Upon key 1 acquiring the SDC from programming station 43, it will start internal timer 39 which has been preset at the factory, for example 96 hours, which through the control logic circuit will automatically invalidate the SDC contained therein, unless refreshed within the preset time period, thereby making the key inoperative for further use even by authorized personnel. This prevents the key from being stolen and then subsequently reused in the same store after this preset time period, and even more importantly, since the SDC is unique only to that store, the key cannot be taken to another store even using the same type of security system and security devices, and be used in an unauthorized manner since the SDC contained therein will not match the SDC previously stored in the security devices of a different store. Thus, a store clerk after the key has been programmed with the SDC initially or revitalized within the time period by placing it in wireless communication with programming station 43, can use it with the security devices 45 to either disarm an alarm contained in the security device and/or activate a lock mechanism etc. to enable the security device to be disarmed or unlocked or removed from a protected item of merchandise for completing a lawful sales transaction.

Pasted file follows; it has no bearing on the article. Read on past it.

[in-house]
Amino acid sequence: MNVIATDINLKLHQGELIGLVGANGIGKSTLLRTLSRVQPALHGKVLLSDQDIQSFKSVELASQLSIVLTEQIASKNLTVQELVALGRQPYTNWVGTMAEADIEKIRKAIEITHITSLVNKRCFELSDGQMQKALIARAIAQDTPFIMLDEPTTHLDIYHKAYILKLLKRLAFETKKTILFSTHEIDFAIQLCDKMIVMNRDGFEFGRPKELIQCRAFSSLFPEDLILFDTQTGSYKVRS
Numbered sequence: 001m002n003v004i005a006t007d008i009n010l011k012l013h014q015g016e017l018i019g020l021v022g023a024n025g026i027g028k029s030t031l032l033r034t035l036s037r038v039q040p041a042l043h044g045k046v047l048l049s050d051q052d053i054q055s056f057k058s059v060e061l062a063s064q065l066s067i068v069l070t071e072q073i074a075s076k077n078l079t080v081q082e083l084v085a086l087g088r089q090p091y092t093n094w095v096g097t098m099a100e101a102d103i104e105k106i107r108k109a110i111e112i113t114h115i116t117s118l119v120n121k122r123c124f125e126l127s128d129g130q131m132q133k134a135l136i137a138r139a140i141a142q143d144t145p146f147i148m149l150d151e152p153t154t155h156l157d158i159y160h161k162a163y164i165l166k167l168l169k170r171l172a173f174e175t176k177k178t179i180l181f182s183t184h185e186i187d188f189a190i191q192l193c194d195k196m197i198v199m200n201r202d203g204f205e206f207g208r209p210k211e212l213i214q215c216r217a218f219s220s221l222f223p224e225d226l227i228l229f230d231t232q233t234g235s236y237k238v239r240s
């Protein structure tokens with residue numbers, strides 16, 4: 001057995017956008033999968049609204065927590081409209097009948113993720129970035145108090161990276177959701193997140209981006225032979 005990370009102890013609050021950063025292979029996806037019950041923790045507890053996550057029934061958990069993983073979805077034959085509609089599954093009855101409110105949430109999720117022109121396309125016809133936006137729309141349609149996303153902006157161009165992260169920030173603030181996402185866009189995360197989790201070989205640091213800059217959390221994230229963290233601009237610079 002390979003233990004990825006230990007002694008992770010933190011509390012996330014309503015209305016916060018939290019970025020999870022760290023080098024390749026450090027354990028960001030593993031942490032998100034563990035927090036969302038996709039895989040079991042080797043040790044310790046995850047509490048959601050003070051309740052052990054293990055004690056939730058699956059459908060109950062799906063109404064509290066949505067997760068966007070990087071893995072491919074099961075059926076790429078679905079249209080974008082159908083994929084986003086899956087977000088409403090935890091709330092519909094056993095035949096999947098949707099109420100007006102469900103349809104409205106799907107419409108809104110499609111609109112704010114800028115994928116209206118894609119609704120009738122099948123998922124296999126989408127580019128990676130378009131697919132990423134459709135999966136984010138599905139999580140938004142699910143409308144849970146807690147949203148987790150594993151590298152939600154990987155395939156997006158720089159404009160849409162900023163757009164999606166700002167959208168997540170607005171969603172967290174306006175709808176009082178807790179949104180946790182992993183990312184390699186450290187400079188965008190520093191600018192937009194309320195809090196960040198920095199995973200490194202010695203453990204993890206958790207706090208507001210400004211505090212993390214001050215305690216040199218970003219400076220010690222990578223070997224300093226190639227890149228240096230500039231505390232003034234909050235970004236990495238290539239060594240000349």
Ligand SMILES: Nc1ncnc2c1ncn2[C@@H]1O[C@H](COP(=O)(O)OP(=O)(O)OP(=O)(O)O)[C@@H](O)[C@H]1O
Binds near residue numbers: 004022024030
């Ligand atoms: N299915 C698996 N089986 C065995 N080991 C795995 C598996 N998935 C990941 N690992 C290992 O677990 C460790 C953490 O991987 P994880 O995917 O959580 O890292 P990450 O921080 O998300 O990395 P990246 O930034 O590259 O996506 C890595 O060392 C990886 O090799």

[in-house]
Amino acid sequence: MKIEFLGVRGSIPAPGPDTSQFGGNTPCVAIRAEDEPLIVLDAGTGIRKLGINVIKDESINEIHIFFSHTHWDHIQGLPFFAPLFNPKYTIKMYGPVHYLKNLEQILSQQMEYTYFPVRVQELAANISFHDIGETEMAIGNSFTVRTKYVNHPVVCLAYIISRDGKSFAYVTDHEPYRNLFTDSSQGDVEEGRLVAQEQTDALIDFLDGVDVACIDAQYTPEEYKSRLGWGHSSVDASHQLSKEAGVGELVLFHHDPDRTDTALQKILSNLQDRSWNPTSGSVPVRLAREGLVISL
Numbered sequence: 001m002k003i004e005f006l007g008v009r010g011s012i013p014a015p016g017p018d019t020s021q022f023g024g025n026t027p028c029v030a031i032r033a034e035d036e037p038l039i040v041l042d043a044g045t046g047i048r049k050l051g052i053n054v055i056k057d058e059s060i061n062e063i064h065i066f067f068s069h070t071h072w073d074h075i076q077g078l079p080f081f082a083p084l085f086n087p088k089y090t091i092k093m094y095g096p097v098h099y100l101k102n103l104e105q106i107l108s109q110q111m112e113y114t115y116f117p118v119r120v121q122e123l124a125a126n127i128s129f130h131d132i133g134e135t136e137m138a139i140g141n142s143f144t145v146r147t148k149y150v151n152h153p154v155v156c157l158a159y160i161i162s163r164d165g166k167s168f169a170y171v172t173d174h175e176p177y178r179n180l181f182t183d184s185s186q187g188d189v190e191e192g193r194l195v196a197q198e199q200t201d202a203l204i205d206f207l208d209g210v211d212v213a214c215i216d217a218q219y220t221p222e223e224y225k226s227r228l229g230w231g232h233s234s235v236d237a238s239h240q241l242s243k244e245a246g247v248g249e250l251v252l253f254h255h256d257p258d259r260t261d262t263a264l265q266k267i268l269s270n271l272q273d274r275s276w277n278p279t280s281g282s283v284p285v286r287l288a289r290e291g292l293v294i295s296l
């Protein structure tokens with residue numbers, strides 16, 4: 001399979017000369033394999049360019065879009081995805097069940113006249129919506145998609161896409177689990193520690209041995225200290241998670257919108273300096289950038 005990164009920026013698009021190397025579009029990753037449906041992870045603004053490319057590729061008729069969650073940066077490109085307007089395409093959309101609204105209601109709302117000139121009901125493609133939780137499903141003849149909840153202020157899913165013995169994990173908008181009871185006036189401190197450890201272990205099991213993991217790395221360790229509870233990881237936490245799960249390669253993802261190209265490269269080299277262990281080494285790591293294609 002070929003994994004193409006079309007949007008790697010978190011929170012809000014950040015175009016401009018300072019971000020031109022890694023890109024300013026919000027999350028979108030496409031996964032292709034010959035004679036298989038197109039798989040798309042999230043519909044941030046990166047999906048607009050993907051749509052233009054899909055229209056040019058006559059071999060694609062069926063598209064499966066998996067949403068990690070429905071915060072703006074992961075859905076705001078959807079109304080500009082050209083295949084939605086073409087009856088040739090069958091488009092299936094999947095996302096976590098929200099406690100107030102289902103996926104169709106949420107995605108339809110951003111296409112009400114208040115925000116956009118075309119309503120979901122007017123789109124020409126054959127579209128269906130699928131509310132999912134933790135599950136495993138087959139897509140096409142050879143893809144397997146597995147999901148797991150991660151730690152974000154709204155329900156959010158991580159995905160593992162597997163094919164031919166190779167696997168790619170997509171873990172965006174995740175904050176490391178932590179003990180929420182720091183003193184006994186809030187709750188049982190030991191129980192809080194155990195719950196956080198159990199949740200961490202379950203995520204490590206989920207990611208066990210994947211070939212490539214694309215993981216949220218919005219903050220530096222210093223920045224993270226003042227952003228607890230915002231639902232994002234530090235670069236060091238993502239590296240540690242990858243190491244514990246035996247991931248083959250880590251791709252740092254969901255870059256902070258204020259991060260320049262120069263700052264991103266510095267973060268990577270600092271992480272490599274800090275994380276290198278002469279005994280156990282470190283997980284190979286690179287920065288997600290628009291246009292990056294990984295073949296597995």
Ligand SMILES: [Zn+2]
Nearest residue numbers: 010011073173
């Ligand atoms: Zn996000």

Each time button 21 is activated, counter 41 will record the actuation. The logic circuit has been preset at the factory in combination with counter 41, that after a certain number of activations, for example 55,000, the logic circuit will completely shut down and forever be inoperative. This is referred to as an “end-of-life” counter and it begins counting on the first receipt of the actuation of switch 21 and all subsequent activations thereof. This end-of-life counter ensures that battery 23 always has sufficient power for operating the SDC memory and wireless communication circuitry of key 1 before losing its charge to be ineffective. This prevents using key 1 beyond its useful life. However timer 39 will be automatically reset each time key 1 is brought into communication with the SDC programmer of station programmer 43.